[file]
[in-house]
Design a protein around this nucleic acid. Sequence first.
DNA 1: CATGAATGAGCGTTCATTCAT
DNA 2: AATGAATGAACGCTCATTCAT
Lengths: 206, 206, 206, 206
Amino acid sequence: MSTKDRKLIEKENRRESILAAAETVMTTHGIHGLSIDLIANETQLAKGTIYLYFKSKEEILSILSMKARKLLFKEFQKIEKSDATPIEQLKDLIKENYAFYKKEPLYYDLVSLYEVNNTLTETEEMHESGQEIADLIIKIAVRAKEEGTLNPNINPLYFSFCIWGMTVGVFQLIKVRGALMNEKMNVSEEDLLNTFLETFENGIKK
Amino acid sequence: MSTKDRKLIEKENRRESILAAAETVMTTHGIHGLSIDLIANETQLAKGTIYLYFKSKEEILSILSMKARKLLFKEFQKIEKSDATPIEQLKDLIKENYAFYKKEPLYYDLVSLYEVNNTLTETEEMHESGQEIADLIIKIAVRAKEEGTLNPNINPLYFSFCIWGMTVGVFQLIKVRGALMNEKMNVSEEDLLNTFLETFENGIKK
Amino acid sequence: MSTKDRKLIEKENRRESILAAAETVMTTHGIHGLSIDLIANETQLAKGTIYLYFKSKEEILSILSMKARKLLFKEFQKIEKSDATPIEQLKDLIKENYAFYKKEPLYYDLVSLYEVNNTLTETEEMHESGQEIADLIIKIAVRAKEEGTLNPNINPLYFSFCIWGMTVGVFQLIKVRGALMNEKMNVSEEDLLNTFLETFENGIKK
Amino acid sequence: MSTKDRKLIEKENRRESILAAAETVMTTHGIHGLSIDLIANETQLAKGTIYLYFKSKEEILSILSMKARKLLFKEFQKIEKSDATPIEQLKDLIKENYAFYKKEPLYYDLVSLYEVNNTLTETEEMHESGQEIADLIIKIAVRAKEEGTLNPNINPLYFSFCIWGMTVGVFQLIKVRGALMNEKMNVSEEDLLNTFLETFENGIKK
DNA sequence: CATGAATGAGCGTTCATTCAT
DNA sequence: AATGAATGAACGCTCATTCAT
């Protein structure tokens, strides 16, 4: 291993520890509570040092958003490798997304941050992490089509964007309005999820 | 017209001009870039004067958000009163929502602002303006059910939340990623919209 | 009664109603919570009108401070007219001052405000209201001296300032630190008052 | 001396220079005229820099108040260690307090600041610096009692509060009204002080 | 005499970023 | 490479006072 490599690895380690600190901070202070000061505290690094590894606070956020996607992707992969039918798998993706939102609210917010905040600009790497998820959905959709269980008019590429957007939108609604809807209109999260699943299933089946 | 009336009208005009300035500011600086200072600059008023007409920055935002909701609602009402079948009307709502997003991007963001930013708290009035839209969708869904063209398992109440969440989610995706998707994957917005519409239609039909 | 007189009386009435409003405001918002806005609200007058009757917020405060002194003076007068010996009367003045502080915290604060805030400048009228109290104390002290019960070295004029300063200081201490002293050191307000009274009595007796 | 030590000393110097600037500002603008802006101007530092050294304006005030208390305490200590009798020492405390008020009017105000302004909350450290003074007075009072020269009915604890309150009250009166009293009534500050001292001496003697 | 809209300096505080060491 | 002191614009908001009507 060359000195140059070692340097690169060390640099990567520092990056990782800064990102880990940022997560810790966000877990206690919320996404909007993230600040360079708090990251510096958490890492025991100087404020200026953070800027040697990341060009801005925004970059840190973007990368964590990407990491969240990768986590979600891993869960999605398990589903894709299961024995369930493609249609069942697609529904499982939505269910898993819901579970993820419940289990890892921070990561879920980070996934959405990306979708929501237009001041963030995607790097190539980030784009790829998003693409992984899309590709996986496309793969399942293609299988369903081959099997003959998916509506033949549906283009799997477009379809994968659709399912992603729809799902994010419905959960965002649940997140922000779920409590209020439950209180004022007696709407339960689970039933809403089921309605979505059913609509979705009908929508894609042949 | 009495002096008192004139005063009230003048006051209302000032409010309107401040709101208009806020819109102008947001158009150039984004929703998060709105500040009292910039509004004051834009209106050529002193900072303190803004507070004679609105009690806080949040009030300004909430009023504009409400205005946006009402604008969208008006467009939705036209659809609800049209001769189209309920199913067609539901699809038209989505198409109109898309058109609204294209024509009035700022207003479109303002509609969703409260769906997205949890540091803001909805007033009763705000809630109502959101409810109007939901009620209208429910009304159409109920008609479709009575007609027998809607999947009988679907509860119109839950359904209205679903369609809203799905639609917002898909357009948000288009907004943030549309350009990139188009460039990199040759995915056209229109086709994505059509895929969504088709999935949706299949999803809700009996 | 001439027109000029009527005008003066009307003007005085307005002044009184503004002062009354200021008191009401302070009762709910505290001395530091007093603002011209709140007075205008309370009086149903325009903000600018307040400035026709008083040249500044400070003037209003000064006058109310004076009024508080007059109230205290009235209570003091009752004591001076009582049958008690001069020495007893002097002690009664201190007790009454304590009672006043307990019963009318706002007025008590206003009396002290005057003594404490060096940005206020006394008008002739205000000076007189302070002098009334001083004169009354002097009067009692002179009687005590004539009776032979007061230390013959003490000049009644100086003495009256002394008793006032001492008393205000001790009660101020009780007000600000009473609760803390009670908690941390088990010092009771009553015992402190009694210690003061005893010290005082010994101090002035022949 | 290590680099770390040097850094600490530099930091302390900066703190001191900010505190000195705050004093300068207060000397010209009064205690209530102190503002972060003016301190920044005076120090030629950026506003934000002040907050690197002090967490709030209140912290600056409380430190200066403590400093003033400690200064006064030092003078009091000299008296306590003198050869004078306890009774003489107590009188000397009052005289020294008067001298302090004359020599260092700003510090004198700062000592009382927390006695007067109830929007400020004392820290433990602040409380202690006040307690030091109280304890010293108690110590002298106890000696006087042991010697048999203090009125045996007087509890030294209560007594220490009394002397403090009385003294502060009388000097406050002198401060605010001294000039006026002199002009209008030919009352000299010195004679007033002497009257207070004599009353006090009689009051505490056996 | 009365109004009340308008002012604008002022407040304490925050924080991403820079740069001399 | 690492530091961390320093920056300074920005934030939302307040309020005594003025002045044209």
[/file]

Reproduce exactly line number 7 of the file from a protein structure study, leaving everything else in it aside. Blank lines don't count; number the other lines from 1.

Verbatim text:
Amino acid sequence: MSTKDRKLIEKENRRESILAAAETVMTTHGIHGLSIDLIANETQLAKGTIYLYFKSKEEILSILSMKARKLLFKEFQKIEKSDATPIEQLKDLIKENYAFYKKEPLYYDLVSLYEVNNTLTETEEMHESGQEIADLIIKIAVRAKEEGTLNPNINPLYFSFCIWGMTVGVFQLIKVRGALMNEKMNVSEEDLLNTFLETFENGIKK